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NASA GLOBE Observer’s Weekly Roundup: 29 January- 4 February 2017

Cell clouds from space.

Remembrances, resources and more in this week's roundup.

1. IMAGE OF THE WEEK: Th image of clouds in the above are of a type cloud called "convective clouds." I remember seeing these kind of clouds outside my window during my last airplane trip and being wowed by how expansive and evenly shaped they were. Heavenly. 

This image was taken just one year ago (1 February 2016) by the Moderate Resolution Imaging Spectroradiometer on NASA’s Terra satellite. There are two types of convective clouds pictured in the above: "closed-celled" and "open-celled."

"Closed-cell clouds look similar to a capped honeycomb from above, with opaque cumulus clouds at the center of the cells. Open-celled clouds have the opposite look. Rather than being at the center of a cell, lines of clouds trace the cell borders, leaving the centers cloud-free."

2. REMEMBER: Tuesday is NASA's Day of Remembrance (DOR).  We remember all the brave men and women who have left us in the pursuit of understanding our world. We honor their families' and their sacrifice.

3. FIRST: Explorer 1 took to the skies 59 years ago on 31 January 1958.  This was the United States' first satellite and the first satellite to carry scientific instruments. The main science instrument on board was a cosmic ray detector.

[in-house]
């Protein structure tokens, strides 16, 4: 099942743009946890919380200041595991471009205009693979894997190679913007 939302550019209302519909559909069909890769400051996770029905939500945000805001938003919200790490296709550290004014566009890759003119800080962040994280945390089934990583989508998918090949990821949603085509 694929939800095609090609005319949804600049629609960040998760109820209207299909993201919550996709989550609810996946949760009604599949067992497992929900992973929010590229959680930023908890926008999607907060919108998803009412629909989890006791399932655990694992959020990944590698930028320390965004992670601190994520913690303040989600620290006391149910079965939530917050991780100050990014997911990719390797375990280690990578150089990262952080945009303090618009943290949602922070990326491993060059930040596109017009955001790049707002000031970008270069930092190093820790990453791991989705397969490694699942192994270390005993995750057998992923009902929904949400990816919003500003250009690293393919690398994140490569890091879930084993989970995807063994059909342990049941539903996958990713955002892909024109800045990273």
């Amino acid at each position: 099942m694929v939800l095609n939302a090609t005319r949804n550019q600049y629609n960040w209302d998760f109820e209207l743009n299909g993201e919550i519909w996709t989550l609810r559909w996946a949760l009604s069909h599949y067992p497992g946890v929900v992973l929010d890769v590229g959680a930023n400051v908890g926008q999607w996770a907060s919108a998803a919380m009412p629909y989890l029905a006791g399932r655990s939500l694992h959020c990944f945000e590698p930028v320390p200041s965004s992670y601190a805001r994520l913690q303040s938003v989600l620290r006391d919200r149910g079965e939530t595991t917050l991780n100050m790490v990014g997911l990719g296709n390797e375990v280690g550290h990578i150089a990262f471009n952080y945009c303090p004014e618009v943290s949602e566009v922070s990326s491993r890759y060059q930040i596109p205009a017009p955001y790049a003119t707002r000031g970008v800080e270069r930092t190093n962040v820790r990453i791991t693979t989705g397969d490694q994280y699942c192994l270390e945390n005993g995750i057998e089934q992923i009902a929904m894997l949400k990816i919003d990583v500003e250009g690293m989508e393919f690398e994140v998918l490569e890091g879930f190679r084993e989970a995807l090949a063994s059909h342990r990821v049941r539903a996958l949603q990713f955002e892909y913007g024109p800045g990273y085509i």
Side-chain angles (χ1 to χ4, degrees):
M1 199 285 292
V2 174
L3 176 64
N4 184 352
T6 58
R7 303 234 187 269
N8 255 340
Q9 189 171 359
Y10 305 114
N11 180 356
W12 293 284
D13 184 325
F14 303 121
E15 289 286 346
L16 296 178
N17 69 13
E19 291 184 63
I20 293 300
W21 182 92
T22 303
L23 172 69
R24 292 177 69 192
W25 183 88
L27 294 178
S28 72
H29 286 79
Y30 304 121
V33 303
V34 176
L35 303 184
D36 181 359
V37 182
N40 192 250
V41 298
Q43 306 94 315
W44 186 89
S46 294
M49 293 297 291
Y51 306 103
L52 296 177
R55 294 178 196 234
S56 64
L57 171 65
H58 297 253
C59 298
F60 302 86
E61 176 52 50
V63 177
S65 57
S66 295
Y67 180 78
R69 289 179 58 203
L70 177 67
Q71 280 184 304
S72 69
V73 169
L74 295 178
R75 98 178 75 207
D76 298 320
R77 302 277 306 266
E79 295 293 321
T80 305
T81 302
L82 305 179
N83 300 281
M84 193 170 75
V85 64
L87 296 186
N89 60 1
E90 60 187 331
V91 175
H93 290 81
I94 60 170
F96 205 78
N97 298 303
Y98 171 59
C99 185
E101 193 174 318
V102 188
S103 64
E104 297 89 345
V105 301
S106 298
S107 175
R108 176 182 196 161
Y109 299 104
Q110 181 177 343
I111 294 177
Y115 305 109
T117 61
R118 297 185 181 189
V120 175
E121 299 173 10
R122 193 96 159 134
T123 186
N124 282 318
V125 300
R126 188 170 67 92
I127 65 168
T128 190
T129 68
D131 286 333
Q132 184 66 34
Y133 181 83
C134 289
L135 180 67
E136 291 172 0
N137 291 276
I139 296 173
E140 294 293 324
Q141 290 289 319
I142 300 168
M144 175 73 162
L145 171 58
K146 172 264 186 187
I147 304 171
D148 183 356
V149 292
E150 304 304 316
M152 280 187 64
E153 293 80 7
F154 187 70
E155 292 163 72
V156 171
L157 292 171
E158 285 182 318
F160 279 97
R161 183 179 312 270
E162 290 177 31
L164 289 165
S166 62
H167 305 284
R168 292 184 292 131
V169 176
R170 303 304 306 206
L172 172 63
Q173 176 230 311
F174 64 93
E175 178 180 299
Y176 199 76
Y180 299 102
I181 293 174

"Explorer 1 revolved around Earth in a looping orbit that took it as close as 354 kilometers (220 miles) to Earth and as far as 2,515 kilometers (1,563 miles). It made one orbit every 114.8 minutes, or a total of 12.54 orbits per day. "

4. OBSERVATION RESOURCES: We recently updated our observation resources on the website. There you will find fun cloud identification activities, tutorials and more.

5. WEEKLY VIDEO: See last week's favorite cloud observation submissions from around the world on our Facebook page. And don't forget to share your favorite photos with us by tagging us on Facebook and Twitter: #NASAGO.


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